Transitioning from Childrens to Adults

What is transition?

The process leading up to a young person's move from school into adult life is called transition. It is essential that the voice of the young person and their family is heard and careful planning of process is key to helping all young people make decisions about their future.

During a young person's last few years at school they will be encouraged to begin to think about future options.

What makes for successful transition planning?
  1. A commitment by all services and by every professional at every level. Cumbria Children's Services in partnership with a range of other multi agency services might be needed to support a successful transition process for a young person.
  2. The young person and their families should be fully involved in the process. .
  3. Information about the young person is collected to assess the young person's needs.
  4. A range of different services working together from the time a young person is 14 years old onwards up to 25 years old.
  5. Regular monitoring of the Educational, Health and Care Plan (EHCP) to make sure actions have been achieved.  
What is a transition review?

The transition review is a meeting involving the young person, parents or carers, educational providers, Children's or Adult Services and any other services invited by the family. This takes place in year
9 and continues annually according to the young person's need.

Each meeting will end with an action plan to ensure that everyone involved is clear on the actions that they will deliver to ensure that the transition plan is successful. Everyone is different and so it is likely that all action plans will vary accordingly. This means that different services contribute at different times during the period when the young person is aged 13 to 25 years; this ensures that the process is truly 'person centred'.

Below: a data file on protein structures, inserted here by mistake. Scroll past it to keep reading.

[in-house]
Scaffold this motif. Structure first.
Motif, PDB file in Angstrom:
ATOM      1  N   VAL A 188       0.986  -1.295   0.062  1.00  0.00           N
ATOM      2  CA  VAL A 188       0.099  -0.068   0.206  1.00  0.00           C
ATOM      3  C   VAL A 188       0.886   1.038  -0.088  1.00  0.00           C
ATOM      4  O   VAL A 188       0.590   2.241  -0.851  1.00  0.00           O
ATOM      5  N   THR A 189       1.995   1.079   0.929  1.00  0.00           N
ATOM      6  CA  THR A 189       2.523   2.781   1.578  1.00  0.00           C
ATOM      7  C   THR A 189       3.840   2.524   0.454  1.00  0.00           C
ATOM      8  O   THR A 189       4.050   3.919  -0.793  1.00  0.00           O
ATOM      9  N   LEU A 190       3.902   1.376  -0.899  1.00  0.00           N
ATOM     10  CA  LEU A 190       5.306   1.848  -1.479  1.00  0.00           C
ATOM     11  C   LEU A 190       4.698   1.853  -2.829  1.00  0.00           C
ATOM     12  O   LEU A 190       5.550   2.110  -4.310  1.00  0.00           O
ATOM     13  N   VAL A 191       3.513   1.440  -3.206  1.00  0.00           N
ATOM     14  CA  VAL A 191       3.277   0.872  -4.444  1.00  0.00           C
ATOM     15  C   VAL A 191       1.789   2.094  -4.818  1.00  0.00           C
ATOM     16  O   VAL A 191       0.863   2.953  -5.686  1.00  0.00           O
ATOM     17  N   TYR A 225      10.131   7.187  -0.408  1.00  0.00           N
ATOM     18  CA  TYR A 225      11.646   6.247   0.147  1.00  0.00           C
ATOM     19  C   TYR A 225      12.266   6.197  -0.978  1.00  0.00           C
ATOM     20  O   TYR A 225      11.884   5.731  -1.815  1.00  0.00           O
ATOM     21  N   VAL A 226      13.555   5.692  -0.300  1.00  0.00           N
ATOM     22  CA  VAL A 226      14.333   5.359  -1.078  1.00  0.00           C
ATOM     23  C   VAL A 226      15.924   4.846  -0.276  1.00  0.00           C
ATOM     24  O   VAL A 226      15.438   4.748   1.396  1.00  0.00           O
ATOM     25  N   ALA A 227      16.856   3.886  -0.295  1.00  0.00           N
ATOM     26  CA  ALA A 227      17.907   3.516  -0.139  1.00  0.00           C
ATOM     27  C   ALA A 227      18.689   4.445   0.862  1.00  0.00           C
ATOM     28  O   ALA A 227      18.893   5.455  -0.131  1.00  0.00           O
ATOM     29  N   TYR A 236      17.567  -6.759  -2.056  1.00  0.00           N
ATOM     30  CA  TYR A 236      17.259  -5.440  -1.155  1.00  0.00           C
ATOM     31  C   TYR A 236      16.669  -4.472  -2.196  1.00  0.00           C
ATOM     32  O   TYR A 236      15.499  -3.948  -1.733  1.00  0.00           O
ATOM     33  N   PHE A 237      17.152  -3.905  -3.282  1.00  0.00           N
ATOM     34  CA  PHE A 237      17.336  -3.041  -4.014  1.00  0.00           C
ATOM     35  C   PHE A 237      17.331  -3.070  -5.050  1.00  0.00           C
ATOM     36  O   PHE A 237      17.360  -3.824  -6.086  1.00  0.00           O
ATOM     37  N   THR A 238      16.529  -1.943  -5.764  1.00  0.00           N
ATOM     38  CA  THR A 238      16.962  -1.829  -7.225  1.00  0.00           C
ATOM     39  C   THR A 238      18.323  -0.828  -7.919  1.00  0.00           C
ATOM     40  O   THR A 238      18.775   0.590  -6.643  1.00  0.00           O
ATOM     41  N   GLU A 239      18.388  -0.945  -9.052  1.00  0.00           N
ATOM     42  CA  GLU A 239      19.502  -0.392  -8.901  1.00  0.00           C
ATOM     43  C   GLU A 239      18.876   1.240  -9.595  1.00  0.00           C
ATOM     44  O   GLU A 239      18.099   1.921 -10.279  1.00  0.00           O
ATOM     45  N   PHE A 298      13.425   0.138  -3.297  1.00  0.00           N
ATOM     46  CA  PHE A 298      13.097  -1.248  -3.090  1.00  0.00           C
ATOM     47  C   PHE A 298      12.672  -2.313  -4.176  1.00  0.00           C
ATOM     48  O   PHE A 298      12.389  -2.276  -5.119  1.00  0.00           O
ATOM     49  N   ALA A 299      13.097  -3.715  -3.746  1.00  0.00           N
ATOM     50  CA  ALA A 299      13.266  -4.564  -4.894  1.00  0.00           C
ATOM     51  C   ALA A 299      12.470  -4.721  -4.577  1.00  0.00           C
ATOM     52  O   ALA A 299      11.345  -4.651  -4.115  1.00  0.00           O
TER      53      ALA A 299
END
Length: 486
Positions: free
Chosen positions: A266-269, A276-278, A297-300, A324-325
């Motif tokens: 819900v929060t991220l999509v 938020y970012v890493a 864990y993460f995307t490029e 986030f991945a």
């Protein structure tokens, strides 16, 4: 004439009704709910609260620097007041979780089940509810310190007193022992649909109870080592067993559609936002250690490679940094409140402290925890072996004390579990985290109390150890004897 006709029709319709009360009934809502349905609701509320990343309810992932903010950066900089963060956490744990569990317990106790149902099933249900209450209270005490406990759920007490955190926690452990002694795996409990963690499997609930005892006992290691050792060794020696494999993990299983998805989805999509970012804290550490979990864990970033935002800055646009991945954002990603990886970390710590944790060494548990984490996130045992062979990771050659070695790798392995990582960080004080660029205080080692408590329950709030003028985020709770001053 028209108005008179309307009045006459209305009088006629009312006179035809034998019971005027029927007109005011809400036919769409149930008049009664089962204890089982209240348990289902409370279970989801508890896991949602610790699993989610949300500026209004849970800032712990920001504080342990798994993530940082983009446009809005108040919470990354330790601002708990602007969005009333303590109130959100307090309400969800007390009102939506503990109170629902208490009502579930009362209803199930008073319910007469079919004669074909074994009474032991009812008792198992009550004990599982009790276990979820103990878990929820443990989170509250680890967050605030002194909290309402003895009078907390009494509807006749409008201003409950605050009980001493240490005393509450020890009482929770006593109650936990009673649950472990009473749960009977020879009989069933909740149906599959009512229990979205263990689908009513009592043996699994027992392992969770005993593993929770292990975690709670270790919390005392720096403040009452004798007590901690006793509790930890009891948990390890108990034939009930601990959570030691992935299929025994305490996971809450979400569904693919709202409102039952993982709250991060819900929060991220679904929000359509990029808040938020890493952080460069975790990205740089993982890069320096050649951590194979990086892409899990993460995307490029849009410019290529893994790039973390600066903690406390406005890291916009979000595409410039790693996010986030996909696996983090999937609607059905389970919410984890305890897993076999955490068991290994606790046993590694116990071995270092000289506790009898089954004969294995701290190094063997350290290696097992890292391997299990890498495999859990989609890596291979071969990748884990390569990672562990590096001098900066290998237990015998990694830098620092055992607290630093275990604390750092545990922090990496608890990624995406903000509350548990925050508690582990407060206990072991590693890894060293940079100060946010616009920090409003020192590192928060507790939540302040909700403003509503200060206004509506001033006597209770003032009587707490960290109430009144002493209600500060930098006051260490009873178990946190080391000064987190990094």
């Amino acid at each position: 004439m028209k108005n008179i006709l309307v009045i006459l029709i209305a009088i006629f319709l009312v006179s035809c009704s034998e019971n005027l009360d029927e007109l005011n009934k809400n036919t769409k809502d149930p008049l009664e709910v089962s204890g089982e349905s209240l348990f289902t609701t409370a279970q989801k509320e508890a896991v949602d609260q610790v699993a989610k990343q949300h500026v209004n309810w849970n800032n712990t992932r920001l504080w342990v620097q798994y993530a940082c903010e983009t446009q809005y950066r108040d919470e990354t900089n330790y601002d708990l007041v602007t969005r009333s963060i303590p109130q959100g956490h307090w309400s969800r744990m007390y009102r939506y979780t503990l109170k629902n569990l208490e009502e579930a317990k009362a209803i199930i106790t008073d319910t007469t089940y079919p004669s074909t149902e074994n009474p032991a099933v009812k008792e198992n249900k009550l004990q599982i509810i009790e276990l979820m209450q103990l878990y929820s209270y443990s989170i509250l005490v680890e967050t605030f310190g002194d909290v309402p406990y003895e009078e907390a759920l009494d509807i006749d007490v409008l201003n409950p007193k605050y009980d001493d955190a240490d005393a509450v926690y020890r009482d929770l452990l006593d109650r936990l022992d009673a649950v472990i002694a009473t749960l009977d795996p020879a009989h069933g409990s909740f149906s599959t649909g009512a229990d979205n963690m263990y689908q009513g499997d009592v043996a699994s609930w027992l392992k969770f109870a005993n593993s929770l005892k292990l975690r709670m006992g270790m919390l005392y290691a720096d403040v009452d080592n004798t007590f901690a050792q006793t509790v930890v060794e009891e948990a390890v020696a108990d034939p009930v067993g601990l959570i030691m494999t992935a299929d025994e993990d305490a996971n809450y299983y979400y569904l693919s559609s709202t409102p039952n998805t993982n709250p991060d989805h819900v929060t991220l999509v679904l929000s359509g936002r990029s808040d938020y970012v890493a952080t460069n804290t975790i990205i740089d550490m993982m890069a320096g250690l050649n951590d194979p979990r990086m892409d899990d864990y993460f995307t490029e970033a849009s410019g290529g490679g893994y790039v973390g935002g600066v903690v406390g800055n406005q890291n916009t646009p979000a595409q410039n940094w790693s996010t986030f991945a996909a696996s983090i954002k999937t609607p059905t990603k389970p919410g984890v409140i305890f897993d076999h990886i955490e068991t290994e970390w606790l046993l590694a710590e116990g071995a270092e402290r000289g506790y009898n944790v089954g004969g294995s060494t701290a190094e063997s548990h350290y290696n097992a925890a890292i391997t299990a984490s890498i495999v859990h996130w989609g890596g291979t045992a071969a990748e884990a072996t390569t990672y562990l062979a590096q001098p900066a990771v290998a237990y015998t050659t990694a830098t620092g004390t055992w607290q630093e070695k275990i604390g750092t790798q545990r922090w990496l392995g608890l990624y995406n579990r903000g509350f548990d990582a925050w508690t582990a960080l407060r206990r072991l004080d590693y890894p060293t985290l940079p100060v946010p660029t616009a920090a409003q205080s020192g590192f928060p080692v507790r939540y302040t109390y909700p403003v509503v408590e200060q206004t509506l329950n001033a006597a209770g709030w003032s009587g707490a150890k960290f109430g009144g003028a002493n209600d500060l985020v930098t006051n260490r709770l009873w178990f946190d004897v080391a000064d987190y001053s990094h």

What should happen at transition reviews?

Before the meeting

  • The young person's school should arrange a transition review meeting.  Parents and carers should be given notice of this meeting and the people invited should include; you, the young person (and anyone else either of you would like to attend) and all services who are involved or likely to be involved with supporting the young person.
  • For children educated at home parents should contact Children's Services if they need support with transition.
  • Representatives from appropriate services can be invited to reviews by the young person's school.
  • It is important that the young person has had access to impartial information, advice and guidance about their future options. Some young people will need a lot of time and support for this stage.  Cumbria's SEND IAS Team can help with this.
  • All services should provide information as requested by the school at least 2 weeks before the review meeting.
  • The transition review meeting should coincide with CLA (Child Looked After) review where possible and where relevant.
  • Information contributed by each service should be distributed to all those who are attending the transition review meeting at least 2 weeks before the meeting. This should be co-ordinated by the school.

At the meeting

  • A Lead Professional is identified to oversee the delivery and co-ordination of the transition plan.
  • The Lead Professional should support the young person and their family or carers to contribute to their transition review.